The documentary, with an April 20 DVD release, shows a teacher who demands perfection - she isn't afraid to tell a student his crepe looks like one a kindergartner would make - but who also dotes on her charges with motherly concern and tangible support, paying for prom dresses and college-application fees.
"She really knew what was going on with us outside of school," said Christina Lewis, who won a $45,000 scholarship to the New England Culinary Institute in Vermont and is, at 21, the poissonnier (fish chef) at the Union League. "She was my home away from home," Lewis said.
And it shows. In a school with a 40 percent dropout rate, 100 percent of her students graduate.
The film moved Stephenson out of obscurity. She was on BET, CBS Sunday Morning, NPR, and now, Rachael Ray.
Neither Ray's crew nor School District officials would venture a price range for the floor-to-ceiling renovation. Ray is providing appliances, pots and pans, knives, even new flooring, while School District staff will do the labor. Work was started immediately and will be completed by Monday.
Her students say she deserves to be honored.
"She is intimidating when you first meet her," says Angel Garcia, 21, who won a $65,000 scholarship to the Art Institute of Atlanta and is now at the Union League, working under chef Martin Hamann.
Garcia was 13 when his family moved to Philadelphia from New York, and he enrolled at Frankford on the advice of an aunt who had heard of Stephenson's success getting college scholarships for students.
"My father was incarcerated or on drugs most of the time. My mother kicked me out of the house. I became a father at 17."
At Frankford, Garcia routinely arrived as early as 6 a.m. and came in during spring break to practice with Stephenson.
Garcia says he still talks to Stephenson every day: "I have her stored in my phone as 'Mom.' "
She has many grateful grads.
Fatumata Dembele, who is featured in Pressure Cooker, arrived in the United States from Mali at 14 and knew almost no English when she enrolled in culinary arts at Frankford. Her father did not think she should be in school at all and opposed any consideration of college.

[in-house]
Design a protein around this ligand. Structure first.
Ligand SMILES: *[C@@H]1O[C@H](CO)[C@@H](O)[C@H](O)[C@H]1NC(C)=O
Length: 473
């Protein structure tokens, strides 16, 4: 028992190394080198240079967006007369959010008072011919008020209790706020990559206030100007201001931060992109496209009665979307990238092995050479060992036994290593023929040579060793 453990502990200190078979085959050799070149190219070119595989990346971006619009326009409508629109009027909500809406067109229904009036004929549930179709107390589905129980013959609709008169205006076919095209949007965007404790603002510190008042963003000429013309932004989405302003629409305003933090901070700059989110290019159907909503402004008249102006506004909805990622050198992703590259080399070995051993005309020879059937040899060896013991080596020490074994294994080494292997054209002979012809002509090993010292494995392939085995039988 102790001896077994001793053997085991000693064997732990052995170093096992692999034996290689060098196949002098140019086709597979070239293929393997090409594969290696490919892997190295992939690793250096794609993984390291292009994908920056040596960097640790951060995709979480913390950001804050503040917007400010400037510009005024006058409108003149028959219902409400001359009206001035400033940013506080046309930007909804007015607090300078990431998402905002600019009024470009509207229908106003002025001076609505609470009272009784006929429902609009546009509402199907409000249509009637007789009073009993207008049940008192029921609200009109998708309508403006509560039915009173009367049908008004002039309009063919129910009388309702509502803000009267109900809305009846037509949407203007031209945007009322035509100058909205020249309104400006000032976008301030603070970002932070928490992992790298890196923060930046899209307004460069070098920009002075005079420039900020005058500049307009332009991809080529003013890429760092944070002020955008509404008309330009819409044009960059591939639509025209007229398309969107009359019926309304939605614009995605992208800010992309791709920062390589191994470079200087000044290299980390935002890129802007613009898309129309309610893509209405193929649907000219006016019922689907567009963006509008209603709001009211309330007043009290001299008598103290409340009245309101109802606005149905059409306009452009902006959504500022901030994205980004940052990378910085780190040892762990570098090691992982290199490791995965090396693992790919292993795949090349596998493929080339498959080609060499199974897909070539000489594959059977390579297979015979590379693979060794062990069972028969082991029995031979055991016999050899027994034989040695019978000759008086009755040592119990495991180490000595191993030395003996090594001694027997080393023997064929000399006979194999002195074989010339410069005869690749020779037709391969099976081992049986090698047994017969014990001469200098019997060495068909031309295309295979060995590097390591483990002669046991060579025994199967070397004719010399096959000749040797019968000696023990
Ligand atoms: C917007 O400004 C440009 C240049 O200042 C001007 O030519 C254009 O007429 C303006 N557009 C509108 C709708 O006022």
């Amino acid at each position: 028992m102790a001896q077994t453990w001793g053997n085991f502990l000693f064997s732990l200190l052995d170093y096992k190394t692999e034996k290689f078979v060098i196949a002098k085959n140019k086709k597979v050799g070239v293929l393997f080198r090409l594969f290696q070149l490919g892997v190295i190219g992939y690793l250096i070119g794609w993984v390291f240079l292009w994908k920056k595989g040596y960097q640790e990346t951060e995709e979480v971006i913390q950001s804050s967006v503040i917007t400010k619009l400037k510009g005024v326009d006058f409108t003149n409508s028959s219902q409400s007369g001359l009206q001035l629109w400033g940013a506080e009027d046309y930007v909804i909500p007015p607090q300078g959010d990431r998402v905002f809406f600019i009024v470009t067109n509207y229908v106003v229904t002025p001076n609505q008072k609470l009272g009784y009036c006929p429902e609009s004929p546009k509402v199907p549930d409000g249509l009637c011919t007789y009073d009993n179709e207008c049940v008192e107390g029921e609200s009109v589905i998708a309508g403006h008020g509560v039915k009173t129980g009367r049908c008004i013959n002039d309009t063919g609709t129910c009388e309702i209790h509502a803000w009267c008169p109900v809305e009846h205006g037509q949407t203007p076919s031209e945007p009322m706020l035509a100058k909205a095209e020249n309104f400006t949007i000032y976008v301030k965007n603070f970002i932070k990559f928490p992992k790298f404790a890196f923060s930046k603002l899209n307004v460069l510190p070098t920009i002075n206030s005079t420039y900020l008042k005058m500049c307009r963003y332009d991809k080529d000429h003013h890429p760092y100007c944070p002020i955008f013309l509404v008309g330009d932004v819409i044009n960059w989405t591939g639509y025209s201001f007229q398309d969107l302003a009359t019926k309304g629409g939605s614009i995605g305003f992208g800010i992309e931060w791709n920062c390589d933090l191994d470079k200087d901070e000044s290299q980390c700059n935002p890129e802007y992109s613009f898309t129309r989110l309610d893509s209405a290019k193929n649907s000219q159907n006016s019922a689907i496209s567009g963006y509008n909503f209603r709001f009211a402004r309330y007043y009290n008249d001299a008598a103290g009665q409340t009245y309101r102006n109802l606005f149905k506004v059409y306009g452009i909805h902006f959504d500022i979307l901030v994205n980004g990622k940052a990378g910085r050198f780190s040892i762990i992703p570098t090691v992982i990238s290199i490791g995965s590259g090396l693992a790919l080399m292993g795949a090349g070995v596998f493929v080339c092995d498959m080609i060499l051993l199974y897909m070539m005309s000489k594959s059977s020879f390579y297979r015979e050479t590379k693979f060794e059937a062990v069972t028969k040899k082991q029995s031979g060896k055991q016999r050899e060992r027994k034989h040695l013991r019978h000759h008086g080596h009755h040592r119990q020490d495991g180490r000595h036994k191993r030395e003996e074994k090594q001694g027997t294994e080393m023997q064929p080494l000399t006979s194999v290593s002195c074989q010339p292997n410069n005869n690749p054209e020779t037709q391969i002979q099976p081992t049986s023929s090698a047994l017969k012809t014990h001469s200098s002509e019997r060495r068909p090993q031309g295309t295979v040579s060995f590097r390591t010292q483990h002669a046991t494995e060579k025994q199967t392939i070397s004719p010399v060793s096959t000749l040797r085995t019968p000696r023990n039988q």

"She gave me a strength," says Dembele, who won a $62,000 scholarship to Monroe College in New Rochelle, N.Y. "She gave me hope."
Dembele interned in New York with the acclaimed chef Marcus Samuelsson and is now at Riingo, in Manhattan.
She will graduate with a bachelor's degree in hospitality management and a minor in forensic accounting. Such combos are common with Stephenson's grads. She advises against borrowing for college and encourages a backup career plan.
In an era when many teachers hesitate to hug students or tremble in the classroom for fear of violent attacks, Stephenson invites students to her Willingboro home for cookouts and sleepovers.
A product of the Pittsburgh projects, she is the youngest in a family of four.
"My parents taught me," Stephenson says, "that it's not a matter of where you lived, but what you did with it."
They insisted she earn her tuition in advance, so Stephenson cooked and cleaned for a Pittsburgh family before going to Cheyney University. Later, after her mother died, Stephenson lived at the YWCA in Wilmington and did factory work at DuPont Co. to save for her final years at Cheyney.
She has since earned graduate degrees from Drexel and Philadelphia Universities, and taken classes at Johnson and Wales University. Her husband of 40 years, Paul L., a five-time councilman and deputy mayor of Willingboro, died suddenly in June. Their two daughters earned advanced degrees.